Kyrgyzstan president voices doubts regarding switch to Latin alphabet

BISHKEK (TCA) — Kyrgyzstan President Almazbek Atambayev has expressed doubts about a possible switch of the Kyrgyz language from Cyrillic to the Latin alphabet, RFE/RL’s Kyrgyz Service reported.

Speaking at a conference in Bishkek on July 20, Atambayev said the switch to Latin might divide Turkic languages and nations instead of uniting them, noting that many territories inhabited by Turkic-speaking peoples are subjects of the Russian Federation and they are using Cyrillic.

According to Atambayev, the change of the alphabet may also “break the link between generations, as many prominent Kyrgyz writers used Cyrillic when creating their works.”

The idea to switch to the Latin alphabet became an issue in Kyrgyzstan after the President of neighboring Kazakhstan, Nursultan Nazarbayev, announced in April that Kazakhstan will switch to Latin by 2025.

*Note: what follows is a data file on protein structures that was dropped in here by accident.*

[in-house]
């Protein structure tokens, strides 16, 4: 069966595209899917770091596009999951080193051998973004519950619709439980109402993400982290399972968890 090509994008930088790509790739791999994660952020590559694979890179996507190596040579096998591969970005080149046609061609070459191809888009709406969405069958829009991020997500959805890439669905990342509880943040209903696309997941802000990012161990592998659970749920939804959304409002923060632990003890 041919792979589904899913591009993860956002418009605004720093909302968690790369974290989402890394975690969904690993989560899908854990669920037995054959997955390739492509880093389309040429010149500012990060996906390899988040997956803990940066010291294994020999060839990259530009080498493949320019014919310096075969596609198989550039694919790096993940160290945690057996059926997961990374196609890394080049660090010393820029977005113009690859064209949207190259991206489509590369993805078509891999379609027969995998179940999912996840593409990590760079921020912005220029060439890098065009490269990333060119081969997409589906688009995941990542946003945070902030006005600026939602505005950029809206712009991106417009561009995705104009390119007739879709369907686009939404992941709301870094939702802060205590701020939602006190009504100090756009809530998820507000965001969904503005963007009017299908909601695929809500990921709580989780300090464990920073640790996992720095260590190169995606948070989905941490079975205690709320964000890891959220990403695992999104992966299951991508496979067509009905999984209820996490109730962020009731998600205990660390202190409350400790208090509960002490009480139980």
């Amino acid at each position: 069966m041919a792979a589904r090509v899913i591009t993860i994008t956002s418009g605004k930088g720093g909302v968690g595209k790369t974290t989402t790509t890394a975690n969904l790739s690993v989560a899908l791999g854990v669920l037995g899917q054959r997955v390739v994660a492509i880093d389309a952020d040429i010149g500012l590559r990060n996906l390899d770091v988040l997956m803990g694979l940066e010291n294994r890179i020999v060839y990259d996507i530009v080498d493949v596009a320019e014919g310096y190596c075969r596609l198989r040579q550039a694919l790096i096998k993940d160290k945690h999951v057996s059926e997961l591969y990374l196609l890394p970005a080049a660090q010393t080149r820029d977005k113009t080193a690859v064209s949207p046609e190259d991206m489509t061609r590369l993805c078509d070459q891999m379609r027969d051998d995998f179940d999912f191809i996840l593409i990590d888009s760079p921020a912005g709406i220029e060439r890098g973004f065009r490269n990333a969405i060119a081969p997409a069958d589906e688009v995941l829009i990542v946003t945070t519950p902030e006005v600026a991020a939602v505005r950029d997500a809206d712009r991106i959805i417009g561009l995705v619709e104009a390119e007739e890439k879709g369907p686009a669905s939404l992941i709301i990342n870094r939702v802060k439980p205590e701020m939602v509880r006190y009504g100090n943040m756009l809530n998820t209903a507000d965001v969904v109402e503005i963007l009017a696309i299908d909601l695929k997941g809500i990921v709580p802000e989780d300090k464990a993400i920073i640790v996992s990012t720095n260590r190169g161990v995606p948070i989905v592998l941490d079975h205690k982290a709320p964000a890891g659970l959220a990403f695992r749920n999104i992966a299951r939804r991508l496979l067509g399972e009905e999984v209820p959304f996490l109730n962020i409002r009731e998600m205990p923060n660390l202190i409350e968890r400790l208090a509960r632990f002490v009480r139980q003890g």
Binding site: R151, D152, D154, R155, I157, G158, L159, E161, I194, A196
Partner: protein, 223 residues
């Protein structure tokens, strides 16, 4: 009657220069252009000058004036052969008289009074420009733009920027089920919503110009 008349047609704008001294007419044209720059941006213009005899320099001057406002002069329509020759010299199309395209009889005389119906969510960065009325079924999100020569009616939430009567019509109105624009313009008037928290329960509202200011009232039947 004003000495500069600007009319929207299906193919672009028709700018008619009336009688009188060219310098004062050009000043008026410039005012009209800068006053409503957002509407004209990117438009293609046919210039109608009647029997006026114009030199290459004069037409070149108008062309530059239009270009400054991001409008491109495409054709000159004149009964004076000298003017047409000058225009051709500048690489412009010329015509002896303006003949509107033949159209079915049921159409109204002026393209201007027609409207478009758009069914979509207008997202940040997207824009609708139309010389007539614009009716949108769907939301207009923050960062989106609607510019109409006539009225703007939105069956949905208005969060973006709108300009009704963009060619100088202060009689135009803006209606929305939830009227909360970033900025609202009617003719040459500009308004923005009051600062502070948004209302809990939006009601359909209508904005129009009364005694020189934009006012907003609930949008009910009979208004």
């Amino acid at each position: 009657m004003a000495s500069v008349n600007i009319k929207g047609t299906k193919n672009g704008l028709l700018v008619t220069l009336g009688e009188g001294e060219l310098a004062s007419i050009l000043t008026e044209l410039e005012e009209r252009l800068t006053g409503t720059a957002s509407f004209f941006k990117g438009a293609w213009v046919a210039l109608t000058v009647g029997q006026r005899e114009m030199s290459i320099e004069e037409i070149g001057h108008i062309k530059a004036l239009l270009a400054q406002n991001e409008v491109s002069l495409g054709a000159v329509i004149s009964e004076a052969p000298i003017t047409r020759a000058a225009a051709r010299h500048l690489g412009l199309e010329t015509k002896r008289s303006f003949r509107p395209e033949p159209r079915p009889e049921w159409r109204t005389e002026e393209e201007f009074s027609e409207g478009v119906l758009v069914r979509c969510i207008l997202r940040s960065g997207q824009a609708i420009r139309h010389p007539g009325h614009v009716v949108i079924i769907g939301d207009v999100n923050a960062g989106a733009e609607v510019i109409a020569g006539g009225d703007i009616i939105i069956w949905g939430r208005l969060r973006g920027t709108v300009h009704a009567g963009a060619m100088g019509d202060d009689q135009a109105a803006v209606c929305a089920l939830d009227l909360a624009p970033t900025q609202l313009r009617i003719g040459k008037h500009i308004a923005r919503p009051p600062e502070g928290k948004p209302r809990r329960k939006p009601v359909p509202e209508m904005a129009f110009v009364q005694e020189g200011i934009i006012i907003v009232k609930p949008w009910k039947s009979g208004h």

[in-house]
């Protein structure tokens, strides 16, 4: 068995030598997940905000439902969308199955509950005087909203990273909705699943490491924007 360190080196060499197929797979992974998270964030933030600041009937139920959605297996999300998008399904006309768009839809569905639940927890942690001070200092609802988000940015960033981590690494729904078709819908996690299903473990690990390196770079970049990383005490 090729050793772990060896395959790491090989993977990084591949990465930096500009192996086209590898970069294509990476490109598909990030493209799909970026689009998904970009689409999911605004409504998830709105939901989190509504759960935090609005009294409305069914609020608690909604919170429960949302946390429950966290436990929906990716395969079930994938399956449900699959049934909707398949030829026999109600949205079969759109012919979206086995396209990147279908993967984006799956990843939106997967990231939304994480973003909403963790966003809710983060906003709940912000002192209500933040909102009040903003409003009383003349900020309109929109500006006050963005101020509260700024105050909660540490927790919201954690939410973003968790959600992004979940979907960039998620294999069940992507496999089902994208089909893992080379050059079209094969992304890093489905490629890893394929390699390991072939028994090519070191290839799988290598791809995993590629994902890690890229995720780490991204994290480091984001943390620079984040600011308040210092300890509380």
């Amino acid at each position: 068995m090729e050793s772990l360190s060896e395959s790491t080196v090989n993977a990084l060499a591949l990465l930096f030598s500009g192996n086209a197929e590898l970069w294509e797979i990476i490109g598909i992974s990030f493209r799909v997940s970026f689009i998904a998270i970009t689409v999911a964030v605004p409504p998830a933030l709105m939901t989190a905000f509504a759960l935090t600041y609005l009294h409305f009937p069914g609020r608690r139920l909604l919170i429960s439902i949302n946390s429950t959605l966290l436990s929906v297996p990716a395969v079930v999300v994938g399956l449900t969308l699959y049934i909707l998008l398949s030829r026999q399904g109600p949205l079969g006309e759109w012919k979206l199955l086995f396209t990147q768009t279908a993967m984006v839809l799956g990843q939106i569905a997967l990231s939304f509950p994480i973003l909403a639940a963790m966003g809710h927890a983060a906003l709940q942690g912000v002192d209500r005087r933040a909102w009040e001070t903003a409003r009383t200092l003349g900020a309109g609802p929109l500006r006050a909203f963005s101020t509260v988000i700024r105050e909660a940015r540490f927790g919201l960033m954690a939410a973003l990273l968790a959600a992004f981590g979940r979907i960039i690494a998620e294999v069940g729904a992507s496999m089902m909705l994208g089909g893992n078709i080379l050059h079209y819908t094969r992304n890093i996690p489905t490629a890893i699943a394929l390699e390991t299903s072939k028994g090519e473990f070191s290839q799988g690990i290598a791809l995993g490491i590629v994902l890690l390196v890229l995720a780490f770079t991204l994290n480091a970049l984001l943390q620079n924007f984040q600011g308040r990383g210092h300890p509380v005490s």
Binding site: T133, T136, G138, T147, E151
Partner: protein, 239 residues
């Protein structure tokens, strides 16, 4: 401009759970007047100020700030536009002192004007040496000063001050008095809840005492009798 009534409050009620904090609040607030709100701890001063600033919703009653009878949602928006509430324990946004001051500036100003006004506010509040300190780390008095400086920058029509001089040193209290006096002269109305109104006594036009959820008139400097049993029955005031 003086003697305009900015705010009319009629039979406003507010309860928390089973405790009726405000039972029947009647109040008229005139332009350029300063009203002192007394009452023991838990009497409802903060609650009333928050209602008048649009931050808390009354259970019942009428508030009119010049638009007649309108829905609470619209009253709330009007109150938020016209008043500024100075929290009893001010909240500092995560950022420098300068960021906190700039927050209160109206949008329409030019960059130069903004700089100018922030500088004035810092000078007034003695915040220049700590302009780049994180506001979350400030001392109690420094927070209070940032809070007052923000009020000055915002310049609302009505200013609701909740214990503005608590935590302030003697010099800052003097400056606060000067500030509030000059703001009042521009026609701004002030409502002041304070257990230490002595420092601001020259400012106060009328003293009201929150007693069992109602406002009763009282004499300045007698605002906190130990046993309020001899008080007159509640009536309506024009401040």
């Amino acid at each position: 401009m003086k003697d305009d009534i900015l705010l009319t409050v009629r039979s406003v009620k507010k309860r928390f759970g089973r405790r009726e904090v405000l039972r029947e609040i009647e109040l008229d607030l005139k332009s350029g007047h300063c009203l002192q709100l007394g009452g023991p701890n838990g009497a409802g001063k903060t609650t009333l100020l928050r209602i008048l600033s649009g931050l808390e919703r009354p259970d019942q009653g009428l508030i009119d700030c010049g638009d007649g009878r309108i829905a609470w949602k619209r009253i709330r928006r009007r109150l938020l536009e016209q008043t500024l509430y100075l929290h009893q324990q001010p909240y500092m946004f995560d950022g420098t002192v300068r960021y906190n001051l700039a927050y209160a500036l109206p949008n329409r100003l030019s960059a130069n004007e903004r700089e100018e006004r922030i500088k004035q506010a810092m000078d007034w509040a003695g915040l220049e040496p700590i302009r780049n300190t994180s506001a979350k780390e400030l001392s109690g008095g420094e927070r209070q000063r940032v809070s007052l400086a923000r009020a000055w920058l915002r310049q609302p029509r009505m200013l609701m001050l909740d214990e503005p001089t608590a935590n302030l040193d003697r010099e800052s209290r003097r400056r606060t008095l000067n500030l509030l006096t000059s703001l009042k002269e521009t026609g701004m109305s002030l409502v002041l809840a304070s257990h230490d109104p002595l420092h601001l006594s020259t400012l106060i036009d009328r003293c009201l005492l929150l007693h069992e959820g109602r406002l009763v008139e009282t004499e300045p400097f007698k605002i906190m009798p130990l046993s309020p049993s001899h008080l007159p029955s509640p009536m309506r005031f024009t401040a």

Nazarbayev also ordered authorities to come up with a Latin-based alphabet for the Kazakh language by the end of 2017, which appeared to be part of efforts to emphasize Kazakh culture while shedding rules and traditions left over after decades of Soviet-era domination by Moscow.

In 1929, Soviet authorities replaced traditional Arabic-based alphabets used by Muslim minorities in the Soviet Union with Latin-based national alphabets. In 1940, the Latin alphabet was replaced with Cyrillic, the alphabet used for the Russian language.

After the collapse of the Soviet Union in 1991, former Soviet republics, Azerbaijan and Turkmenistan switched to Latin, while in Uzbekistan both Latin and Cyrillic have been used in parallel since 1992.

Sergey Kwan

TCA

Sergey Kwan has worked for The Times of Central Asia as a journalist, translator and editor since its foundation in March 1999. Prior to this, from 1996-1997, he worked as a translator at The Kyrgyzstan Chronicle, and from 1997-1999, as a translator at The Central Asian Post.
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Kwan studied at the Bishkek Polytechnic Institute from 1990-1994, before completing his training in print journalism in Denmark.

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